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Jamaica a failed state? Get real!

Published:Sunday | November 9, 2014 | 12:00 AM
Grade six students Romario Jones (right) and Brandon Llewellyn read from a GSAT textbook at the Portsmouth Primary School in Portmore, St Catherine. Jamaica's literacy rates are too high for the country to be deemed a failed state, writes Ian Boyne.-File
Ian Boyne

Ian Boyne

Cliff Hughes, the country's pre-eminent newsman and one of our sharpest journalists, stirred some controversy on his Power 106 talk show last week by asserting that Jamaica was a "failed state".

I understand Cliff's frustration and sense of disillusionment as an idealistic journalist who was "dreaming of a new Jamaica" and his anger over our disappointing post-Independence experience. There is enough to drive bitterness and rage in anyone about contemporary Jamaica. A lot of things don't work and our political class has underperformed terribly. But, especially as journalists, we must exercise some intellectual and emotional discipline and not talk nonsense.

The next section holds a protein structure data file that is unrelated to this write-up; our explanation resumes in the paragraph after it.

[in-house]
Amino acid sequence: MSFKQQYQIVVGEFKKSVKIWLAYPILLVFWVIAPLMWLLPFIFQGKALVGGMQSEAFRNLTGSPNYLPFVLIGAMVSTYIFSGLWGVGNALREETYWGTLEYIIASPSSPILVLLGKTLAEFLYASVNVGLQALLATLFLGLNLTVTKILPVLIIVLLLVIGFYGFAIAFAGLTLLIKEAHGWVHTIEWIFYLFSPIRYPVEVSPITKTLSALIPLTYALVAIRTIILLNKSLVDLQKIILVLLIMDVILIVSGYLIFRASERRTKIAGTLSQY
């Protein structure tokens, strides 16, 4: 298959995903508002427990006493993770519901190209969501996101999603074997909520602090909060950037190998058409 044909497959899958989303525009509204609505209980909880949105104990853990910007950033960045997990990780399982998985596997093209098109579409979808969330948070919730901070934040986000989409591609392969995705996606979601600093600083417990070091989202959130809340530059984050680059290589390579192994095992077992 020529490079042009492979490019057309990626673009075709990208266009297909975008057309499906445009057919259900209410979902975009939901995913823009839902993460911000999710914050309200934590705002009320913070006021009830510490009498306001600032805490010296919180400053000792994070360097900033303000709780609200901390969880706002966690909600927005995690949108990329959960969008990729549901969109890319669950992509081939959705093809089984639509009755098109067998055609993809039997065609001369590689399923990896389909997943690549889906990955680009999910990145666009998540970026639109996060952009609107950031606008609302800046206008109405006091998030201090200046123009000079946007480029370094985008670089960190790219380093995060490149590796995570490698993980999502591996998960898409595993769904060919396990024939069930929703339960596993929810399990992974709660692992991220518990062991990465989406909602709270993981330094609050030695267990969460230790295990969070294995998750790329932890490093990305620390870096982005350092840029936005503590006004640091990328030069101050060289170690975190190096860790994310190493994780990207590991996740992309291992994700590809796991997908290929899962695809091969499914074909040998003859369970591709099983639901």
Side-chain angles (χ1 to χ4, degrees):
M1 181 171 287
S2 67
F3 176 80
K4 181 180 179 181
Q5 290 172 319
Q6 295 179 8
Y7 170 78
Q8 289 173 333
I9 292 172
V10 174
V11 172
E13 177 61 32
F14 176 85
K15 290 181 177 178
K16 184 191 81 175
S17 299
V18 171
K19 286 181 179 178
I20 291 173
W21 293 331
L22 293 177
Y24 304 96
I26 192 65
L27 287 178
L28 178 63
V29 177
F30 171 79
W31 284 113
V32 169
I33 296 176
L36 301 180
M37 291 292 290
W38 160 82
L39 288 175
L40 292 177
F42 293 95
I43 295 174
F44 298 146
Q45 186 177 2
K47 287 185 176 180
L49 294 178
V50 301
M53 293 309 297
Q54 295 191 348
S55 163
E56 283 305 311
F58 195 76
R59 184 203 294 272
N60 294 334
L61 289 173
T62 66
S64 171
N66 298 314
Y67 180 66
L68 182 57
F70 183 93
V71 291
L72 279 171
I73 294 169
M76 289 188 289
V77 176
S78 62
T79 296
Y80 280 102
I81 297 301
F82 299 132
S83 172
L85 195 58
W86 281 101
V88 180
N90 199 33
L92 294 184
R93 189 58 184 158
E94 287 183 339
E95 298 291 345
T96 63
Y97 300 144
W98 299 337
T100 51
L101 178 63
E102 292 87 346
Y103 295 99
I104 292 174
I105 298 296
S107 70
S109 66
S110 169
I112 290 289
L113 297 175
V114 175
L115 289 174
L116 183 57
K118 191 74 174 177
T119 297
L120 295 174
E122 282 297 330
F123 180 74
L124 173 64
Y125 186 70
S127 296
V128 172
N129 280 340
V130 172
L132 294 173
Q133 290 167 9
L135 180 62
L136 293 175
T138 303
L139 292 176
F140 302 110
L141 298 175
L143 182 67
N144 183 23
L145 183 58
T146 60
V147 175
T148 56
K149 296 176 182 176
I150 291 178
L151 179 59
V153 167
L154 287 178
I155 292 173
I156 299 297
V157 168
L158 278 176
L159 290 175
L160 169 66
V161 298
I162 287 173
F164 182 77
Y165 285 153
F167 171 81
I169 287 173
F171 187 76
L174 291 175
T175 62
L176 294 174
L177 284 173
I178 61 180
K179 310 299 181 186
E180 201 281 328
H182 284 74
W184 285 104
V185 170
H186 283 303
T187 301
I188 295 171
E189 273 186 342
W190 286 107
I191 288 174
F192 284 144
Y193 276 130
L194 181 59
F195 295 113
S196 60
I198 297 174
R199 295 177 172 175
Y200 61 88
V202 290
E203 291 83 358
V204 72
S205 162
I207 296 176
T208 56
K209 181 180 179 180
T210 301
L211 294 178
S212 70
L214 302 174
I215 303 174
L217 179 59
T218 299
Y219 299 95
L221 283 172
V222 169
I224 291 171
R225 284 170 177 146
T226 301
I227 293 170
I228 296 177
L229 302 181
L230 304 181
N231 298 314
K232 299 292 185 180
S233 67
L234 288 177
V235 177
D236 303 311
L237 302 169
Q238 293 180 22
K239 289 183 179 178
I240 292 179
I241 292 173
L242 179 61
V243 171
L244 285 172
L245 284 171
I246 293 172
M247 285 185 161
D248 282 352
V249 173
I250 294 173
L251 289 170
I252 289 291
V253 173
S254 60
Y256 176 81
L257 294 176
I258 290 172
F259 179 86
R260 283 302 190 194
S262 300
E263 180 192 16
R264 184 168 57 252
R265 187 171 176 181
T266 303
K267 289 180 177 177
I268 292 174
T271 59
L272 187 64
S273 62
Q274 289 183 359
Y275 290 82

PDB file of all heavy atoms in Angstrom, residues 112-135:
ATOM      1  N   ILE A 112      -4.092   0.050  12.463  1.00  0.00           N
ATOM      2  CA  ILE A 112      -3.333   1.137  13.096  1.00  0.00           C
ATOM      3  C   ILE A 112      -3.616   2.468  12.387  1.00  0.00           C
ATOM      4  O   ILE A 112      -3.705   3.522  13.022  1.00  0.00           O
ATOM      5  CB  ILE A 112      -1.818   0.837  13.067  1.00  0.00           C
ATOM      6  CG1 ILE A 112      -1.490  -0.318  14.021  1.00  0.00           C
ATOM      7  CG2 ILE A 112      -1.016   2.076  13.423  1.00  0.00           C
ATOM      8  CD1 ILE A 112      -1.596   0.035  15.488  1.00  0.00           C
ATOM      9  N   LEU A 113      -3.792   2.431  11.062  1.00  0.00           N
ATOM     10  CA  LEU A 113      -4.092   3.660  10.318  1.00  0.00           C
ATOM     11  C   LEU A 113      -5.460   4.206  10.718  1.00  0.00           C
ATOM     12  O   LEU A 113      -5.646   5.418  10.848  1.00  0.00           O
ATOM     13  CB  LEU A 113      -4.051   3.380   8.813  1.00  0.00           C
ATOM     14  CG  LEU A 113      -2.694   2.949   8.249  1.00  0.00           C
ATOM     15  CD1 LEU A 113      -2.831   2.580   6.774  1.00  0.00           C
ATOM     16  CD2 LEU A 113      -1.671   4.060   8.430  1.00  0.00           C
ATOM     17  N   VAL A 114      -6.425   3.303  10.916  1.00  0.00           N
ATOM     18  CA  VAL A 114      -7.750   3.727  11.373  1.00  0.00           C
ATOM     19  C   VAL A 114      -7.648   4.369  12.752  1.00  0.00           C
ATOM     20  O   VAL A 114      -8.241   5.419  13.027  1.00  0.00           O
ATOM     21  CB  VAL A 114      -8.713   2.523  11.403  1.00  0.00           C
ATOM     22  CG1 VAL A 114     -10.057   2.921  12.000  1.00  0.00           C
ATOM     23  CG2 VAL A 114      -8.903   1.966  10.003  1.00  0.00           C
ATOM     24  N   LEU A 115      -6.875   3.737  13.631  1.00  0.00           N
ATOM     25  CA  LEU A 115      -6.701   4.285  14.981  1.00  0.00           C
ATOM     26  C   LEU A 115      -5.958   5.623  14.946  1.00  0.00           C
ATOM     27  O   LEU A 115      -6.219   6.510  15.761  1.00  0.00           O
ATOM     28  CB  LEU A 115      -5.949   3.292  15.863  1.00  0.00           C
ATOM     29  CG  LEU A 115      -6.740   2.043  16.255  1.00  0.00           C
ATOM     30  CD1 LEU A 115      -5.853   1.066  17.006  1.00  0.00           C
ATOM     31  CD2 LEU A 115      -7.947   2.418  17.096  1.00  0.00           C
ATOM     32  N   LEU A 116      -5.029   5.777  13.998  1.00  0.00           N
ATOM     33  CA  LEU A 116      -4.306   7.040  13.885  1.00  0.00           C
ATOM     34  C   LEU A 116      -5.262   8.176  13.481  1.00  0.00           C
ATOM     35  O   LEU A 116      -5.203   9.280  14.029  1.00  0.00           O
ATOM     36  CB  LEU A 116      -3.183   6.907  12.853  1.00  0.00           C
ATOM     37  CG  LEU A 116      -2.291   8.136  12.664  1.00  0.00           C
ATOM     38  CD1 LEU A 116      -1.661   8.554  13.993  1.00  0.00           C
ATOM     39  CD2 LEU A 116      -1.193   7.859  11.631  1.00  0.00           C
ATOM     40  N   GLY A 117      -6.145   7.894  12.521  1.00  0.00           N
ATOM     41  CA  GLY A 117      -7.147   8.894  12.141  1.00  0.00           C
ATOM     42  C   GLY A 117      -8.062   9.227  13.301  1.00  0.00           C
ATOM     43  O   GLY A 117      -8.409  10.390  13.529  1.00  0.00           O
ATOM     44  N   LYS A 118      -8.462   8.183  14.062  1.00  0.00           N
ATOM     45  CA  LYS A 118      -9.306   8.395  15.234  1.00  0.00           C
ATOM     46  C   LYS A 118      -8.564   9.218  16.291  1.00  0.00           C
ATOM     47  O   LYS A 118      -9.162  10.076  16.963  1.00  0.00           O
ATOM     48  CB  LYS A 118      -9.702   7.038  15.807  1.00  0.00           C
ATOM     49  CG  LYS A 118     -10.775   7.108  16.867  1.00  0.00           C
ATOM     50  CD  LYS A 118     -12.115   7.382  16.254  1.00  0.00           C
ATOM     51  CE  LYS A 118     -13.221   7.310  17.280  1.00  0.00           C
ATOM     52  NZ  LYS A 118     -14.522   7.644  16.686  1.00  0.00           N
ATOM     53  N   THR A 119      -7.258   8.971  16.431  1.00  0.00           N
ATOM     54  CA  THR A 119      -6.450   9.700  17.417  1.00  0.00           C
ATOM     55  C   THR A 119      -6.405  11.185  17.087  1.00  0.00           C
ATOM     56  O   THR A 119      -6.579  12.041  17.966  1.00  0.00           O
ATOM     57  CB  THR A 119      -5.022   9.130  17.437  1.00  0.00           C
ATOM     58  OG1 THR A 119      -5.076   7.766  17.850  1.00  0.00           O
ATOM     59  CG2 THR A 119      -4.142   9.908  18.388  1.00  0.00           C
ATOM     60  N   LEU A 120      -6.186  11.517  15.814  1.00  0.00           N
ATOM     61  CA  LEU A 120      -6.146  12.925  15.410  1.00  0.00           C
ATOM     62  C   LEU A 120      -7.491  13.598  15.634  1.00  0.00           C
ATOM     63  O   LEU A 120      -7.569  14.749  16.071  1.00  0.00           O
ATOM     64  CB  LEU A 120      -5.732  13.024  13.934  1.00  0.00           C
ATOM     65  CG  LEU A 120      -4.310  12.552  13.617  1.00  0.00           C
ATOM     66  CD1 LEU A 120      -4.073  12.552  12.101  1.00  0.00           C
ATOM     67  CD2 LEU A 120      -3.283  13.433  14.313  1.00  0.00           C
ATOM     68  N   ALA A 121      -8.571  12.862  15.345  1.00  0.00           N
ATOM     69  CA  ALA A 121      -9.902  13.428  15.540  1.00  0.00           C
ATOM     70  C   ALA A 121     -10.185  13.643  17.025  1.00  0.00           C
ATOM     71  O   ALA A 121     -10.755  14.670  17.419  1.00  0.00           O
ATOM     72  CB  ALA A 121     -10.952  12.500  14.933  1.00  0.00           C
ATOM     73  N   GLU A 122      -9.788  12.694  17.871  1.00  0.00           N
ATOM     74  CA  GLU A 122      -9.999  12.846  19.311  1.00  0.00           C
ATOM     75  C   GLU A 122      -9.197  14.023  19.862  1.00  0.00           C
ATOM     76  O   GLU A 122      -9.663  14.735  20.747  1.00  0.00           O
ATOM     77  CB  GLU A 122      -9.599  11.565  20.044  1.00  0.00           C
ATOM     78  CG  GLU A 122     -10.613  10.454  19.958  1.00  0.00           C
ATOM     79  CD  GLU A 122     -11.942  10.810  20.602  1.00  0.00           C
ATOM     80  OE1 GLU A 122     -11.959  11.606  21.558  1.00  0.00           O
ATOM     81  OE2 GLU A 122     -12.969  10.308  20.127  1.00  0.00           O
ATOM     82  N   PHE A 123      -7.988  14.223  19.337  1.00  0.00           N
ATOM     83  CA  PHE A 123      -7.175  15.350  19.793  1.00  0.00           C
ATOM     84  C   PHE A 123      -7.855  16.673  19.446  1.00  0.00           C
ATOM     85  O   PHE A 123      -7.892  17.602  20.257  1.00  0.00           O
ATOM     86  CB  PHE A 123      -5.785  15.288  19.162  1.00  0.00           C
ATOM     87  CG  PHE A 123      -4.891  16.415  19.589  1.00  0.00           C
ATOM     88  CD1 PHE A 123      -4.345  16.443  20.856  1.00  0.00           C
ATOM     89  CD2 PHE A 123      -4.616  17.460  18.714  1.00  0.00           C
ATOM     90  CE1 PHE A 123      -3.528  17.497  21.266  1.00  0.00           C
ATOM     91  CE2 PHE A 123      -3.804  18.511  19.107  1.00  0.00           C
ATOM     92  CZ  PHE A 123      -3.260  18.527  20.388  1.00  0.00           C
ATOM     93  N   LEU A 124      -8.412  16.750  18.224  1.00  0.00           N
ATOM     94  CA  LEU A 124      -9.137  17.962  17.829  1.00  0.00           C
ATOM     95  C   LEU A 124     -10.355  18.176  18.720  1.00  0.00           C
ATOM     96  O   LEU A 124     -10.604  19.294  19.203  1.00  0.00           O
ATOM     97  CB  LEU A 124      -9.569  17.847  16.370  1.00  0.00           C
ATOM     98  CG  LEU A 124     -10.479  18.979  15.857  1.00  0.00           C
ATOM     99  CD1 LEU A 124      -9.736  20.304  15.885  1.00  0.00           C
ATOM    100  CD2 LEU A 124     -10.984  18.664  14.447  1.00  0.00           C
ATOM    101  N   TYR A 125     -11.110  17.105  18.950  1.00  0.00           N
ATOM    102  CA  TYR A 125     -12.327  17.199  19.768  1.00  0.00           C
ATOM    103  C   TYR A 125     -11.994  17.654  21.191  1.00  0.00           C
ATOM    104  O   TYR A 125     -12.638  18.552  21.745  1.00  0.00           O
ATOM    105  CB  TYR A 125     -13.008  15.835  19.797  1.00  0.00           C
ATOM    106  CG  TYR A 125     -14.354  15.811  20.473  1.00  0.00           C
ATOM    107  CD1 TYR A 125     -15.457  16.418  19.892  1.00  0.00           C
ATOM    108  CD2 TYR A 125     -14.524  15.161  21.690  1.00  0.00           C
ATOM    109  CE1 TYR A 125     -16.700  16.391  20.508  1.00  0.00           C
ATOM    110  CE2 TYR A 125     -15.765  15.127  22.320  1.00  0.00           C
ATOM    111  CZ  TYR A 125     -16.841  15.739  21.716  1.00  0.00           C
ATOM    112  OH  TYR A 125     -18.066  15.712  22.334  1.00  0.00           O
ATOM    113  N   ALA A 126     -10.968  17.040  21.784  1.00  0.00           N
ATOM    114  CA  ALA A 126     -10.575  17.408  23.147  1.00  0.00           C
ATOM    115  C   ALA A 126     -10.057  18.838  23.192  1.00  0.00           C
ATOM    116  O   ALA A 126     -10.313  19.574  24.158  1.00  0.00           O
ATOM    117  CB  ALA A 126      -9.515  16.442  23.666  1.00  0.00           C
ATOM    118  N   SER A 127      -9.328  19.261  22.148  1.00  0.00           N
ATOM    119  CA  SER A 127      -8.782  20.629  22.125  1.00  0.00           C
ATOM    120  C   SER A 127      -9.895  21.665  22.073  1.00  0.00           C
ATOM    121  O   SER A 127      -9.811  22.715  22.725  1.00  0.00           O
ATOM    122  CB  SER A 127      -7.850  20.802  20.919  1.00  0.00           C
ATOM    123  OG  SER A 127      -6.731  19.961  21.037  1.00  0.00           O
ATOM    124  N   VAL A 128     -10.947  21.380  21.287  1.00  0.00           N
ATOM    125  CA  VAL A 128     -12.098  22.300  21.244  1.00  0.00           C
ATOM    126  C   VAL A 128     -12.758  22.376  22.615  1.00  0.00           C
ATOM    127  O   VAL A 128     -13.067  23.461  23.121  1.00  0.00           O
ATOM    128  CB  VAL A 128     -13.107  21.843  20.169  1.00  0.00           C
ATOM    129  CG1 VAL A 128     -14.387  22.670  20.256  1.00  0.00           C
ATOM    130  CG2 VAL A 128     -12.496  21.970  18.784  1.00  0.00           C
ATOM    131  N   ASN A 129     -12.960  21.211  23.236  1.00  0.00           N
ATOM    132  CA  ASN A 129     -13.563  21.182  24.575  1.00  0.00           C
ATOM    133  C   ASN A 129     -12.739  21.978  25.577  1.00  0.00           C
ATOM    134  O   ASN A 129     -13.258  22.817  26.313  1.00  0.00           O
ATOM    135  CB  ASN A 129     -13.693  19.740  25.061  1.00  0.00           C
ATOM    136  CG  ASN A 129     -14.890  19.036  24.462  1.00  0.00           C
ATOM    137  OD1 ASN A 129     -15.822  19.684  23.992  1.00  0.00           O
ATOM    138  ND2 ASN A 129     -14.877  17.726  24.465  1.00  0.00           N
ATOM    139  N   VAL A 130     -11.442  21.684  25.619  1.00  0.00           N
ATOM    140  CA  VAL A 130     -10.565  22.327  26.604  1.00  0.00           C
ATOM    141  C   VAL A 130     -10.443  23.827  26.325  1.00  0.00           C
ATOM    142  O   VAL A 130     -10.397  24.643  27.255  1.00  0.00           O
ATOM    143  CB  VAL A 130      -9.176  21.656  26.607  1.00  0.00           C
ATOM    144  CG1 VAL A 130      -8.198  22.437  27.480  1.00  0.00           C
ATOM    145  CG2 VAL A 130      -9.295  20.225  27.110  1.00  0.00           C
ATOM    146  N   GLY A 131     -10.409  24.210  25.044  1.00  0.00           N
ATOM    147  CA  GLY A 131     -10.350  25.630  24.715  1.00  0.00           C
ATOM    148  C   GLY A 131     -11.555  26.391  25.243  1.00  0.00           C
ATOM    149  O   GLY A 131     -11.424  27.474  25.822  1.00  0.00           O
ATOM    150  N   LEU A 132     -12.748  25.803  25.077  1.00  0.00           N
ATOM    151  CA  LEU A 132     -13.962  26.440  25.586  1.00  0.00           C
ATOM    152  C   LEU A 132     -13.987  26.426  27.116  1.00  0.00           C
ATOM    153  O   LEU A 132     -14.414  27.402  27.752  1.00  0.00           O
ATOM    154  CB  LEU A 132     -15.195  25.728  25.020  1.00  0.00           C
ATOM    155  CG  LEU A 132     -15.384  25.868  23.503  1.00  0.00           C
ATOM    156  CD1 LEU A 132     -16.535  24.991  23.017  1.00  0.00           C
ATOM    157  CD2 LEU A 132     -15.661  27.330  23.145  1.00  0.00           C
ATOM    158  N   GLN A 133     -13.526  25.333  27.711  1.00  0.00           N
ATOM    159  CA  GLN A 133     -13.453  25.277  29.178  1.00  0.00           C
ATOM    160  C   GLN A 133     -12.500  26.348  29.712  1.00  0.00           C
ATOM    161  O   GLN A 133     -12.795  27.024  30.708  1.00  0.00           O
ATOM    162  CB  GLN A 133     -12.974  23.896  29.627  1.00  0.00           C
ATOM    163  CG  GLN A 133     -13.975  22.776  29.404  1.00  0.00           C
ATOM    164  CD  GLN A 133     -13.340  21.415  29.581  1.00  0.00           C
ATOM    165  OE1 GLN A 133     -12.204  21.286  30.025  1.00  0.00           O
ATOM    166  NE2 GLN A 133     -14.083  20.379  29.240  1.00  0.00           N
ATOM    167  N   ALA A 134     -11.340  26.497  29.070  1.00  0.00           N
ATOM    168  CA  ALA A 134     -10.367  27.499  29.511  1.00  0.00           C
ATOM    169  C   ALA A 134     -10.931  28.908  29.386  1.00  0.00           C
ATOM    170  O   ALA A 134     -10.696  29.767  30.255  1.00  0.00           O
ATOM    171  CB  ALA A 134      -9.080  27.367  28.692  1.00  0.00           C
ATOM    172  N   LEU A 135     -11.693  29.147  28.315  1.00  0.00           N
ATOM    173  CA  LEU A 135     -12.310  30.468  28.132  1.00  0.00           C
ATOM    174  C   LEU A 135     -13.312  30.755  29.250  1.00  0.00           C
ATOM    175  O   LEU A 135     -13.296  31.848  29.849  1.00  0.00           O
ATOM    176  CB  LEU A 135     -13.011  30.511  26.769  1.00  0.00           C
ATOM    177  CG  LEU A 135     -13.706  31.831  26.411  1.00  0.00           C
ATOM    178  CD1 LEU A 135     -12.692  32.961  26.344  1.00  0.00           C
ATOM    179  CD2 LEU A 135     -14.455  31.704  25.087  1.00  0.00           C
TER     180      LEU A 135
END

The phrase 'failed state' has a particular meaning and when someone of the calibre of Cliff Hughes uses it, he can't be as reckless as former banker Bill Clarke, who used that phrase to describe Jamaica some years ago. There are just some things which journalists are expected to know. We can't toss around words carelessly, oblivious to how well-informed people would interpret them. A state that is failing in certain respects is not a failed state. A state is not a failed state simply because it has social, political and economic deficits. It's not a matter of semantics. It is a matter of precision and speaking in globalised environment (Power 106 streams worldwide) in a way that you communicate accurately.